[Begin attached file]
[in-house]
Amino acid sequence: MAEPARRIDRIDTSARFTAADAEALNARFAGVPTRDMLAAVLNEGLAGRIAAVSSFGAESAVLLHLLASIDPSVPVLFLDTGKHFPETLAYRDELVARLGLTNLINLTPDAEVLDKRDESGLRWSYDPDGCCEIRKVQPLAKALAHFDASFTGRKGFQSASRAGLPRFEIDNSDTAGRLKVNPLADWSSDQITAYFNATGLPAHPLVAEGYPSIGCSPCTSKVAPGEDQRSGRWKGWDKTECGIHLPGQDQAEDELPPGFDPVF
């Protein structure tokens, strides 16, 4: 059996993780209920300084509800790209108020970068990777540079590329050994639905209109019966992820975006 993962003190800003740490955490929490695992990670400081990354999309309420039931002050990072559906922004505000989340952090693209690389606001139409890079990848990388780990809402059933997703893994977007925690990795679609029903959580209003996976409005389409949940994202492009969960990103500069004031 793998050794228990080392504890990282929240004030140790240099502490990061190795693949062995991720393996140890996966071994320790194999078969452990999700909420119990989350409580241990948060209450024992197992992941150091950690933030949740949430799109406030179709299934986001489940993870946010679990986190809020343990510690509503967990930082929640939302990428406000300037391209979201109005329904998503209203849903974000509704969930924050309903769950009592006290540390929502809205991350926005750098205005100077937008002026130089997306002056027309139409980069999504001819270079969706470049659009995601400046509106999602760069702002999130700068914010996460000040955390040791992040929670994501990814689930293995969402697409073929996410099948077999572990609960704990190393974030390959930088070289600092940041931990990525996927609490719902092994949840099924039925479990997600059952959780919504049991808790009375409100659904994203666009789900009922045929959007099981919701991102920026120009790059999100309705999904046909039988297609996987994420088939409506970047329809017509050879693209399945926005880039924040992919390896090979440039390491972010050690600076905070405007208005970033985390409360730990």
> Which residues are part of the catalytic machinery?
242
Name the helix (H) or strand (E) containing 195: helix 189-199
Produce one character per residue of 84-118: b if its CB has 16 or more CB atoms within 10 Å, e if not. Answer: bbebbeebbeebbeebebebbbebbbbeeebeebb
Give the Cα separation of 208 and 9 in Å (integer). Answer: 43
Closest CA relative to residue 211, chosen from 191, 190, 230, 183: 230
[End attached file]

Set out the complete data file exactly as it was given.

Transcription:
[in-house]
Amino acid sequence: MAEPARRIDRIDTSARFTAADAEALNARFAGVPTRDMLAAVLNEGLAGRIAAVSSFGAESAVLLHLLASIDPSVPVLFLDTGKHFPETLAYRDELVARLGLTNLINLTPDAEVLDKRDESGLRWSYDPDGCCEIRKVQPLAKALAHFDASFTGRKGFQSASRAGLPRFEIDNSDTAGRLKVNPLADWSSDQITAYFNATGLPAHPLVAEGYPSIGCSPCTSKVAPGEDQRSGRWKGWDKTECGIHLPGQDQAEDELPPGFDPVF
């Protein structure tokens, strides 16, 4: 059996993780209920300084509800790209108020970068990777540079590329050994639905209109019966992820975006 993962003190800003740490955490929490695992990670400081990354999309309420039931002050990072559906922004505000989340952090693209690389606001139409890079990848990388780990809402059933997703893994977007925690990795679609029903959580209003996976409005389409949940994202492009969960990103500069004031 793998050794228990080392504890990282929240004030140790240099502490990061190795693949062995991720393996140890996966071994320790194999078969452990999700909420119990989350409580241990948060209450024992197992992941150091950690933030949740949430799109406030179709299934986001489940993870946010679990986190809020343990510690509503967990930082929640939302990428406000300037391209979201109005329904998503209203849903974000509704969930924050309903769950009592006290540390929502809205991350926005750098205005100077937008002026130089997306002056027309139409980069999504001819270079969706470049659009995601400046509106999602760069702002999130700068914010996460000040955390040791992040929670994501990814689930293995969402697409073929996410099948077999572990609960704990190393974030390959930088070289600092940041931990990525996927609490719902092994949840099924039925479990997600059952959780919504049991808790009375409100659904994203666009789900009922045929959007099981919701991102920026120009790059999100309705999904046909039988297609996987994420088939409506970047329809017509050879693209399945926005880039924040992919390896090979440039390491972010050690600076905070405007208005970033985390409360730990």
> Which residues are part of the catalytic machinery?
242
Name the helix (H) or strand (E) containing 195: helix 189-199
Produce one character per residue of 84-118: b if its CB has 16 or more CB atoms within 10 Å, e if not. Answer: bbebbeebbeebbeebebebbbebbbbeeebeebb
Give the Cα separation of 208 and 9 in Å (integer). Answer: 43
Closest CA relative to residue 211, chosen from 191, 190, 230, 183: 230